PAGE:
Finn and the First Order

In the early development of The Force Awakens, Larry Kasdan proposed the idea that Sam should be a stormtrooper deserter. The idea stuck, and became central to Finn’s identity. Dialogue between Phasma and Hux emphasizes how unusual it is for a stormtrooper to break the First Order’s brainwashing. After overcoming his selfish urge to flee to the far reaches of the galaxy, Finn uses his expertise and experience from his First Order past to infiltrate Starkiller Base and help the Resistance destroy it, formulate a plan to disable the hyperspace tracking by the Supremacy, infiltrate Snoke’s flagship to carry out the plan, sneak through the Steadfast to rescue Chewie, and countermand one of the warship’s turbolasers to fire upon its own bridge.

When it comes to the thematic resolution of the war against the First Order in The Rise of Skywalker, though, Finn’s backstory is given short shrift. On Kef Bir, Finn meets Jannah and learns that her group of orbak riders also are First Order deserters, an entire company of stormtroopers who mutinied in the face of orders to kill innocents. On its face, this certainly seems to make Finn’s actions at Jakku far less special or unusual. Perhaps we are meant to infer that word of Finn’s defection is what inspired Jannah and her peers to resist: when Finn responds to Jannah’s TZ-1719 designation with his own FN-2187, she exclaims “You!” in return. But the film leaves it ambiguous whether Jannah is reacting generally to the revelation that Finn is a former stormtrooper too, or whether she is reacting to who he is specifically. The latter would be thematically powerful, but it is left unclear. (Unfortunately, The Rise of Skywalker Visual Dictionary includes multiple references to Jannah and her group having lived on Kef Bir for a number of years, indicating their desertion predates Finn’s; the events of The Force Awakens occur a year before The Rise of Skywalker.)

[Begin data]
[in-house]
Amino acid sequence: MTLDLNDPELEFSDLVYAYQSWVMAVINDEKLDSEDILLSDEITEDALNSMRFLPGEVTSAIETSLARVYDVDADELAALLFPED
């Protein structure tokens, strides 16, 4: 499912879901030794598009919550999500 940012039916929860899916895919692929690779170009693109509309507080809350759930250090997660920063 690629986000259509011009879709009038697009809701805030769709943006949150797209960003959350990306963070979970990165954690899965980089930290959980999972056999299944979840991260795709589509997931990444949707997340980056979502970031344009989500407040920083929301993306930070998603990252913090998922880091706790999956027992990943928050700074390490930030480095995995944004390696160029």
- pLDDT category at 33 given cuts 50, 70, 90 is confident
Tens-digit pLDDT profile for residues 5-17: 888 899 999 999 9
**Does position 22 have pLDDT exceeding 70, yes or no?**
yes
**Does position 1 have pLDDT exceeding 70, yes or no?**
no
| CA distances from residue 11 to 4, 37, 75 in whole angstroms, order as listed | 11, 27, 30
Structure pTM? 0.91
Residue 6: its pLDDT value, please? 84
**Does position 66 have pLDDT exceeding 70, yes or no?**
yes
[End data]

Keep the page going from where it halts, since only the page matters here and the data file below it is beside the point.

The movie then reflects a strange thematic dissonance by the filmmakers. Finn and Jannah refer to being abducted as children and brainwashed by the First Order. At the end of the film, Jannah tells Lando she has no idea what system she originally hails from. Dialogue in the conference room on the Steadfast, and between Zorii Bliss and Poe at Kijimi, further reinforces that the First Order continues its involuntary conscription of children across the galaxy. The relative youth of the Sith fleet officers aboard the warships at Exegol likewise reflects this. Yet Finn then readily co-leads the Resistance attack, which has as its objective the defeat of the entire Exegol fleet. During the battle, the Resistance starfighters follow the recommendation of Rose Tico and attack the main ventral cannons, which causes each Star Destroyer to erupt in a catastrophic explosion. Despite his own past and direct knowledge of who makes up the Final Order military, Finn inexplicably has no qualms about killing tens of thousands of them.

An alternative was readily available and familiar among the fandom. After The Force Awakens, and especially after his subplot with Rose in The Last Jedi, fans speculated that Finn’s arc might conclude with him helping to win the war not by defeating the First Order forces in battle, but by reaching the hearts and minds of his erstwhile peers in the stormtrooper corps. Finn could be a symbol of the power of the human spirit to break past indoctrination, oppression, and fear. Finn could inspire others to refuse their evil and unjust orders. (Especially if the Visual Dictionary reflects the filmmakers’ intent regarding Jannah’s group, such that Finn’s defection was not unique or unprecedented, then the seeds of a large-scale ceasefire already were built into the story.) As Obi-Wan tells Han in A New Hope, “There are alternatives to fighting.” Love is stronger than hate – and Finn more than anyone could have helped lead the Resistance to victory on that basis, instead.